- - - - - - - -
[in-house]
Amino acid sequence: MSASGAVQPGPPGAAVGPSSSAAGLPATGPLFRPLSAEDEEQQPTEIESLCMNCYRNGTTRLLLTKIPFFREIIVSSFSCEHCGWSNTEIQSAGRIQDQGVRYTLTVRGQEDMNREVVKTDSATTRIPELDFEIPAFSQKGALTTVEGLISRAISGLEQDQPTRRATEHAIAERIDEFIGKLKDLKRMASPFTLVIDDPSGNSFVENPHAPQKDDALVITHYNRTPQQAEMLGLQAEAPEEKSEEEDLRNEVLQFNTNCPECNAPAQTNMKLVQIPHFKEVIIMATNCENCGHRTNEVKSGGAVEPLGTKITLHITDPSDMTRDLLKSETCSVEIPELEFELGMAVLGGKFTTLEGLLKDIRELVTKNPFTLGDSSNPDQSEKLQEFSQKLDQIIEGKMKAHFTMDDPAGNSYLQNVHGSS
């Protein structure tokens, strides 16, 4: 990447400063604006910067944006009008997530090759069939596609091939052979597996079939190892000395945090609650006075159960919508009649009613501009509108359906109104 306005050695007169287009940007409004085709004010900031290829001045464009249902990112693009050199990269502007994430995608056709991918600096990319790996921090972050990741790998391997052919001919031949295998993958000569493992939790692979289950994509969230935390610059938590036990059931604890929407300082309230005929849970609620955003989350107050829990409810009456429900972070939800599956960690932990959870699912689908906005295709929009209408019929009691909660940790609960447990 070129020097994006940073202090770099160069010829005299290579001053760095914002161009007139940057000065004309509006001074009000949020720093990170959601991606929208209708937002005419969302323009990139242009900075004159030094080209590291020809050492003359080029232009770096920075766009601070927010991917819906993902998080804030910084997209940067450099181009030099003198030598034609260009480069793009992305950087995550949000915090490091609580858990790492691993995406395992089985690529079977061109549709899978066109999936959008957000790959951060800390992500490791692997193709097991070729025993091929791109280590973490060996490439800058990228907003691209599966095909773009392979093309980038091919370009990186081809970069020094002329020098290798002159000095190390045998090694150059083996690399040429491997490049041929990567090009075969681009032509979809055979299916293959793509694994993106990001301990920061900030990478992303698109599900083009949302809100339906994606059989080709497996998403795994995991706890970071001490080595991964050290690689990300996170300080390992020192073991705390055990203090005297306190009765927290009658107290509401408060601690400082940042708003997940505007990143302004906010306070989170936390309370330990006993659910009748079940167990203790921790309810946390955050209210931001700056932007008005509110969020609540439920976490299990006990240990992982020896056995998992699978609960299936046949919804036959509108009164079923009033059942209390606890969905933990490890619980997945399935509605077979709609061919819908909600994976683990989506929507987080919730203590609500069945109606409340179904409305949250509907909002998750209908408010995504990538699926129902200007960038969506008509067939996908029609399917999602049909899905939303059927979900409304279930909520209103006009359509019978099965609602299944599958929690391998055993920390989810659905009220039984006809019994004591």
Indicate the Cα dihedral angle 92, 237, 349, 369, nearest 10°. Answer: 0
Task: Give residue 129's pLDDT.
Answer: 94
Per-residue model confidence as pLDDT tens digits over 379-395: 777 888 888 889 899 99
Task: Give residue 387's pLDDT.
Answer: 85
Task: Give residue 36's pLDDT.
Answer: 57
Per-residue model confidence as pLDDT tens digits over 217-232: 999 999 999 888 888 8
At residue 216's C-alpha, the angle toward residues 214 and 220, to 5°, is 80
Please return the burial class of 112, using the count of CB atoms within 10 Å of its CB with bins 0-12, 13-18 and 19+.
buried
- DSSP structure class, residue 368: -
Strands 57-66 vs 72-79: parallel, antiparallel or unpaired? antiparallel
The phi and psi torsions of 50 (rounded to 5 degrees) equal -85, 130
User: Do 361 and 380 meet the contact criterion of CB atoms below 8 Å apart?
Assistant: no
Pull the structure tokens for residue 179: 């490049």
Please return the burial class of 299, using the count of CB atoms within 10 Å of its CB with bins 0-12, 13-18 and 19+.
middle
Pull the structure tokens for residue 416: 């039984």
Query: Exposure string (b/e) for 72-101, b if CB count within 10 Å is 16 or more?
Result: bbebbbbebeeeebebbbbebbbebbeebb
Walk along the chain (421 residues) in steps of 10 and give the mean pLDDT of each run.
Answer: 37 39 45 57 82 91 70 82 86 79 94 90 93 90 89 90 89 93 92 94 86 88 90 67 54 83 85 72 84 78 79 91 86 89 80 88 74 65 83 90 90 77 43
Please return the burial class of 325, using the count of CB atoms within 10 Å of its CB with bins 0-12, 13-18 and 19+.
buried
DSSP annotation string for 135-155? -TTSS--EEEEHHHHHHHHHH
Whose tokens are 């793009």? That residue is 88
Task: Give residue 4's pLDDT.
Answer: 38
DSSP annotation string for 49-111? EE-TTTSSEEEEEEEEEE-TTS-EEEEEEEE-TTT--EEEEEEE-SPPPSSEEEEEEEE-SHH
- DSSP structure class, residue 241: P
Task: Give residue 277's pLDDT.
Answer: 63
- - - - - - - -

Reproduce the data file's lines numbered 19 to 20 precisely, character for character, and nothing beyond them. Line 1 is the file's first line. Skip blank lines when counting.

User: Do 361 and 380 meet the contact criterion of CB atoms below 8 Å apart?
Assistant: no